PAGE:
233

Chair Jenson

Comments that the extension service has credibility with the farmers and ranchers.

244

Rep. Smith

Questions the local advisory committees’ membership process.

248

Craig

Explains that nominations and suggestions are forwarded to ODA from the local SWCD. Responds that it is the ODA Director and the Board of Agriculture that make the final determination of who will serve on the local advisory committee.

276

Wolf

Comments that the seven regionally based water quality planners work with SWCDs and the agricultural groups in the area to develop a list of candidates for membership on the local advisory committee.

286

Rep. Smith

Asks how large local advisory committees are.

287

Wolf

Responds that they are limited to a maximum of 12 individuals, but they can be expanded by a special decision of the director.

306

Craig

Continues testimony on how ODA’s SB 1010 work relates to the TMDL process.

320

Rep. Kruse

Notes that DEQ is basing TMDLs and achieving the goals on hard numbers and the 1010 process is basing compliance on a penny model without hard numbers. Asks how the two fit together.

329

Craig

Responds that through an evaluation the plan is put in place and evaluated after a period of time.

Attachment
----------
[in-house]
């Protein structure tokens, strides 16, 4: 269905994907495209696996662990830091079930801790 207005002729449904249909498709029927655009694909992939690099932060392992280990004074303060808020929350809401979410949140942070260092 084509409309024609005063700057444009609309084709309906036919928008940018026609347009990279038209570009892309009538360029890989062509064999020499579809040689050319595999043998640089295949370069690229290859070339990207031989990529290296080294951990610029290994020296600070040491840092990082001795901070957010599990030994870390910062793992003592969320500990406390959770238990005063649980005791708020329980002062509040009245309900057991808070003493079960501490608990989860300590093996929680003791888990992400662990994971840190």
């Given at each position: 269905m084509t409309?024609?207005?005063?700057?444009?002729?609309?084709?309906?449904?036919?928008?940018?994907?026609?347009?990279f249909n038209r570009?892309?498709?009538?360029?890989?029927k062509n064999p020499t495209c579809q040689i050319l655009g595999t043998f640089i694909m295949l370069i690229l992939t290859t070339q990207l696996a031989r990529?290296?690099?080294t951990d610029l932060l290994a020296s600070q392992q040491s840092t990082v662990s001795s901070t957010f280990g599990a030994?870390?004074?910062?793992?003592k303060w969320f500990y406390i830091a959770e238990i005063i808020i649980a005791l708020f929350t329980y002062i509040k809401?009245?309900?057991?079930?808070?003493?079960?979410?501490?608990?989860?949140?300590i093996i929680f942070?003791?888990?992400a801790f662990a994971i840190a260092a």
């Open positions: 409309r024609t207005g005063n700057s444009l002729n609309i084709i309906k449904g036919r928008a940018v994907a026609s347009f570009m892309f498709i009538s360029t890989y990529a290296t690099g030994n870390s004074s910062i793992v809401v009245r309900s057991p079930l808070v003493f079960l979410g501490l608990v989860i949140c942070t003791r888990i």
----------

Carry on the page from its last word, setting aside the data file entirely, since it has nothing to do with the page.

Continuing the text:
341

Rep. Kruse

Comments on assumptions of responsibilities.

361

Craig

Continues testimony on how ODA’s SB 1010 work relates to the TMDL process.

370

Rep. Lee

Asks if there has been a problem with developing the plans.

391

Craig

Responds that when a problem arises, the process is halted and the situation is re-evaluated.

TAPE 35, B

006

Chair Jenson

Opens public hearing on HB 2711.

HB 2711 PUBLIC HEARING

017

Roy Elicker

Legislative Coordinator, Oregon Department of Fish and Wildlife (ODFW). Submits and reads written testimony in opposition to HB 2711 (EXHIBIT D).

057

Rep. Lee

Asks if there is a distinction between the power to adopt rules on an emergency basis versus adoption of other rules.

062

Elicker

Responds that there are other portions of statute that address the ability of the ODFW Director to adopt special emergency rules regarding angling and hunting regulations only.

072

Rep. Kruse

Asks for an example of when ODFW would need to adopt a rule on an emergency basis.

074

Elicker

Responds that it is very common for ODFW to adopt emergency rules on hunting and fishing regulations. Provides the example of the spring Chinook fishing season on the Willamette River.